An Experiment with Psychological and Physical Comfort - Part 1

20 November, 2015


I've never really given too much thought to how a certain outfit makes me feel physically vs. psychologically until recently when one of my teachers introduced me to this concept in her module. I've become genuinely fascinated with the multi-faceted effect that clothing has on our body and mind at the same time, which made me decide to investigate how fashion shapes our identity in today's social and digital environment for my final research project next year. 

So I've decided to already start this research with my first experiment on how comfort affects my identity. There are two parts in this experiment which showcase two completely opposite looks in terms of their comfort level.

This first part focuses on the look that I like to label as "psychologically comfortable" (and  not physically). This was definitely one of my most daring looks to date, given its extensive list of physically uncomfortable features. So let's start counting: push-up bra, hair extensions, over-the-knee & high heel boots, tight waist belt, a super short dress plus a tight blazer. I feel uncomfortable only listing them here...

There is no doubt this outfit comes second to none in my top of most physically uncomfortable outfits ever worn. Here's what went behind-the-scenes:

- My extensions ( although from natural hair) were quite heavy, making my scalp hurt; I also had to be careful with my moves so my short hair wouldn't be visible underneath.
- The push-up bra is uncomfortable. This needs no more explaining. 
- The dress was short and I was wearing no tights. The temperature outside didn't really care about that. My legs did though..
- The boots kept falling off my knees and I had to adjust them constantly. Walking in heels wasn't a great x-factor either.
- I like pulling up the sleeves to my jackets/blazers. This particular one wouldn't really let me do that as it was too tight.

Despite all these factors though, there was an interesting discovery involved in my verdict. I actually felt quite confident wearing this look and the photos showcase that. It was that exact feeling of "psychological comfort" that stroke me as I was walking around looking like this. I felt more feminine than usual as I was fitting into the rather misogynistic definition of the term "womanly", which involves long hair, curves and showing a flash of skin of course. I became a different person by playing with my look and it was fun (although physically uncomfortable).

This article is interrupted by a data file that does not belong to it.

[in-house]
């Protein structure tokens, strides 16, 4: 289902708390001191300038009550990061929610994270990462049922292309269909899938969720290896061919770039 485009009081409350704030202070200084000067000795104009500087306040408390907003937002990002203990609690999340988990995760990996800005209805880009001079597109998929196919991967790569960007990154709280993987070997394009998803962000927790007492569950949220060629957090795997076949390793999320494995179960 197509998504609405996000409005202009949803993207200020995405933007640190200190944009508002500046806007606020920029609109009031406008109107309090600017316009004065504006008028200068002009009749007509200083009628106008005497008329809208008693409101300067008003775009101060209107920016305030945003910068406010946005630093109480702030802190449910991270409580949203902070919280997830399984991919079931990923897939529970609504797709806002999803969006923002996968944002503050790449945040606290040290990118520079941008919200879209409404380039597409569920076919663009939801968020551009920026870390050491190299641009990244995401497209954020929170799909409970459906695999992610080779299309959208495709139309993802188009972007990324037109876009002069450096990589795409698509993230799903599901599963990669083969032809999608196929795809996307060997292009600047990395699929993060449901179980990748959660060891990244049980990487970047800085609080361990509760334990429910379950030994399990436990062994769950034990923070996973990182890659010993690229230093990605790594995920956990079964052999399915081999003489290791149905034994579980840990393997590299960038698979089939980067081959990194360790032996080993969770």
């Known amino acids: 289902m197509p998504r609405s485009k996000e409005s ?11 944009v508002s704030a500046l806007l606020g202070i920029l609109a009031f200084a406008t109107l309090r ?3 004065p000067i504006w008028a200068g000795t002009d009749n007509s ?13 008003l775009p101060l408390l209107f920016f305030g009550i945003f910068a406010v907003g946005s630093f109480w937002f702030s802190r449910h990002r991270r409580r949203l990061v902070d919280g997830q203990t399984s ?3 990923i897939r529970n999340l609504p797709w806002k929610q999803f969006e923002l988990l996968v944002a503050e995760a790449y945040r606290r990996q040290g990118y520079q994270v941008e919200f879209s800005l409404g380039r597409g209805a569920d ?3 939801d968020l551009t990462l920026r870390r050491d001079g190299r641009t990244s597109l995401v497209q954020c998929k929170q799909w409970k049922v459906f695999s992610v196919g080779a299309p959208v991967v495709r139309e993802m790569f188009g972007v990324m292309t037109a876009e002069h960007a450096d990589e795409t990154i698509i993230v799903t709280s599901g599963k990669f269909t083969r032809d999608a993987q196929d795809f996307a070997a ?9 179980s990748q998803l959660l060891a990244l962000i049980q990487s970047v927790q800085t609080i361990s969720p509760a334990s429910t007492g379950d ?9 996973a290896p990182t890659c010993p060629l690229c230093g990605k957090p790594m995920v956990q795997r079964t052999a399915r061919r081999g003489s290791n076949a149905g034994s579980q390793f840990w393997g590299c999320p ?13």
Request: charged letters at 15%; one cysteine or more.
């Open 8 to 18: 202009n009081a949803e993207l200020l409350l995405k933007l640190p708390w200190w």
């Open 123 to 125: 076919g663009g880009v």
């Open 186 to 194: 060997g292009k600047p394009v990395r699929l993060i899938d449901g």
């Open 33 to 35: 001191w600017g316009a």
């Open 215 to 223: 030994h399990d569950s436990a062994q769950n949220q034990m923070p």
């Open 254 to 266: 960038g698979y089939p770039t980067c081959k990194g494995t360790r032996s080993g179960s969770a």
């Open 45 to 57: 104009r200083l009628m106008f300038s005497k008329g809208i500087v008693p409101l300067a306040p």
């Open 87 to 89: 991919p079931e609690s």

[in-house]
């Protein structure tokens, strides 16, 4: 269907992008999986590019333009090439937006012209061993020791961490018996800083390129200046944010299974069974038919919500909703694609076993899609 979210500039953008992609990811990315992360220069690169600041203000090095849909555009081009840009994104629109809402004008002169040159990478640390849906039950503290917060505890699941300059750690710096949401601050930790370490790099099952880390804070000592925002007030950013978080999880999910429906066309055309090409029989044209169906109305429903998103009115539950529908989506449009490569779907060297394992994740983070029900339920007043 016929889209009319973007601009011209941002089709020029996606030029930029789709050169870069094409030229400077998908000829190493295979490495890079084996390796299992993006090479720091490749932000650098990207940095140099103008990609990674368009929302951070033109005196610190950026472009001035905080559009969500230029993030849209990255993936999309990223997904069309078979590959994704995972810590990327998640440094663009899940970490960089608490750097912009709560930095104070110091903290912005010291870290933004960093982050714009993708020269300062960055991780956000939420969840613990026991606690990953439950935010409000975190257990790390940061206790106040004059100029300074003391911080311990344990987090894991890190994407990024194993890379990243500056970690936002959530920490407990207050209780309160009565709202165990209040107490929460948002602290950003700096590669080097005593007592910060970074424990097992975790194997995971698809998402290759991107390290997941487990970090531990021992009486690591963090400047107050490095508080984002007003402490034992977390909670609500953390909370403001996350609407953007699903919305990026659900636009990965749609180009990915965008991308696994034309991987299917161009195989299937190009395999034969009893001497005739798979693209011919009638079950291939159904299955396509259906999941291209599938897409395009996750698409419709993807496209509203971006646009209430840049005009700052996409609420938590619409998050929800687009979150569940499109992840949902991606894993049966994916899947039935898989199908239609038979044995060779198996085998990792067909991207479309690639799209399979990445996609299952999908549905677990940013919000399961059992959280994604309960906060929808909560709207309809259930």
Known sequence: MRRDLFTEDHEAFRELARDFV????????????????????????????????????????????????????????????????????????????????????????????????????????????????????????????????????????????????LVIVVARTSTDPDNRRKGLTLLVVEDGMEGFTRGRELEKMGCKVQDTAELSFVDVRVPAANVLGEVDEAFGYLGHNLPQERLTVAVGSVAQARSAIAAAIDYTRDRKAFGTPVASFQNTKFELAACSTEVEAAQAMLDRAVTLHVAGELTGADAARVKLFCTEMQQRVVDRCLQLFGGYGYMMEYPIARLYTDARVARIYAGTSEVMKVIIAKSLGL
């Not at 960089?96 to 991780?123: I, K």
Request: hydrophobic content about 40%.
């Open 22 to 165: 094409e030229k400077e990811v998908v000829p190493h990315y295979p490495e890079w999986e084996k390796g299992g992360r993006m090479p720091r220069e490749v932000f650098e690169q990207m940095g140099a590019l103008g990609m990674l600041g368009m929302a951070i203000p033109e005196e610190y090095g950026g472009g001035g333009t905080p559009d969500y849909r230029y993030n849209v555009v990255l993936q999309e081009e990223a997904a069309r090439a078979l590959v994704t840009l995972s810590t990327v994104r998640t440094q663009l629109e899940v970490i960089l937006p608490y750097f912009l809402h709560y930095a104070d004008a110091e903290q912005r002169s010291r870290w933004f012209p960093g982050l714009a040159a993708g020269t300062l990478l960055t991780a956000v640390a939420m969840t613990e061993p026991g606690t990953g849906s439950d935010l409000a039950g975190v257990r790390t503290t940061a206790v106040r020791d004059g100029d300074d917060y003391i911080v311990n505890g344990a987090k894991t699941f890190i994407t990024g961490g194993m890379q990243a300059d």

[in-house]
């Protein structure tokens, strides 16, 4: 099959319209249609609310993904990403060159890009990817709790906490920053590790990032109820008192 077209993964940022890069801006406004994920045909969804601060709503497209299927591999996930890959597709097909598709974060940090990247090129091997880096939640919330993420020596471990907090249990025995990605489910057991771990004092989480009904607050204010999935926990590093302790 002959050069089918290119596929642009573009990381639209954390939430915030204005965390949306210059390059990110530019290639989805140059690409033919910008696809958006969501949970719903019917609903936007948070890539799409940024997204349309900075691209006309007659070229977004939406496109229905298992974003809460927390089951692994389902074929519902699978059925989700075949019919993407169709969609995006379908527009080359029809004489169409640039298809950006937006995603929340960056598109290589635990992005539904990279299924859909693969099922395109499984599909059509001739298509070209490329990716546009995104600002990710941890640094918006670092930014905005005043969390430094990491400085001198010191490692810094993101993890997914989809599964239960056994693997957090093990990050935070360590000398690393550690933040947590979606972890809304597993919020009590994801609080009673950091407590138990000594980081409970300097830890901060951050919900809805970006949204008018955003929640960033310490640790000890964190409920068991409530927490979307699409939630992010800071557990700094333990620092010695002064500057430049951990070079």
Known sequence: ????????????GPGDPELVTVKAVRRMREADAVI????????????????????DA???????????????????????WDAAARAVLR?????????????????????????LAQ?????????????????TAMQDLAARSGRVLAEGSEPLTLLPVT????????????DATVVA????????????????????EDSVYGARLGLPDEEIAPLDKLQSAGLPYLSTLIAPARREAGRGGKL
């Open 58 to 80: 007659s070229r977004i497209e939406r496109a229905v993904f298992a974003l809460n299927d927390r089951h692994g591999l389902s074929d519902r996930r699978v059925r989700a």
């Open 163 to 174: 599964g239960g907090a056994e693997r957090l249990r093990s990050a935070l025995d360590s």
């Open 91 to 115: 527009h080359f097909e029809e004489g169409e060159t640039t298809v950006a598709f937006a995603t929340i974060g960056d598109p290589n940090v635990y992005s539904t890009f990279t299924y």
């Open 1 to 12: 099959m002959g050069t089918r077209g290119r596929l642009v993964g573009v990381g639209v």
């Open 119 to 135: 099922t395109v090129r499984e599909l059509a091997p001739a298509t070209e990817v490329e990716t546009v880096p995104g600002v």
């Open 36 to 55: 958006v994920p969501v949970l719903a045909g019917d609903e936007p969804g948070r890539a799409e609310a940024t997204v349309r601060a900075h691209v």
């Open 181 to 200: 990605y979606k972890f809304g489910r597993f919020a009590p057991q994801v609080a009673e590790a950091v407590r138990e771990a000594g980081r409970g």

Would I wear this again? Probably not during day-time. I believe the notion of "psychological comfort" (and a total exclusion of the physical one) suits best those moments when we truly want to portray the most attractive version of ourselves, when we try to play a role, an alter-ego. Personally I like saving this for party situations and night-time events. 

By the end of the shoot, I started feeling quite amused with the whole situation. The feeling of psychological comfort was slowly fading, being replaced with fatigue and an overwhelming flow of questions in my head. Who am I lying ? Although this look brought me quite a lot of stares on the street, I would much rather walk even more fiercely, knowing I am wearing my real hair and well..my real breasteses (as Jay Z would put it).

So ladies, my final words are: Stay true to who you are but don't be afraid to experiment with fashion from time to time!

Stay tuned for the 2nd part of this experiment, where I will be showing a completely different look!

I was wearing:
Zara dress
Warehouse blazer
Anna Field boots from Zalando
Natural clip-in hair extensions from Loca Hair

love,
S















Thank you Liana Mitrea for the photos! 

2 comments:

  1. Very interesting article Sara! Keep up the good work!

    ReplyDelete

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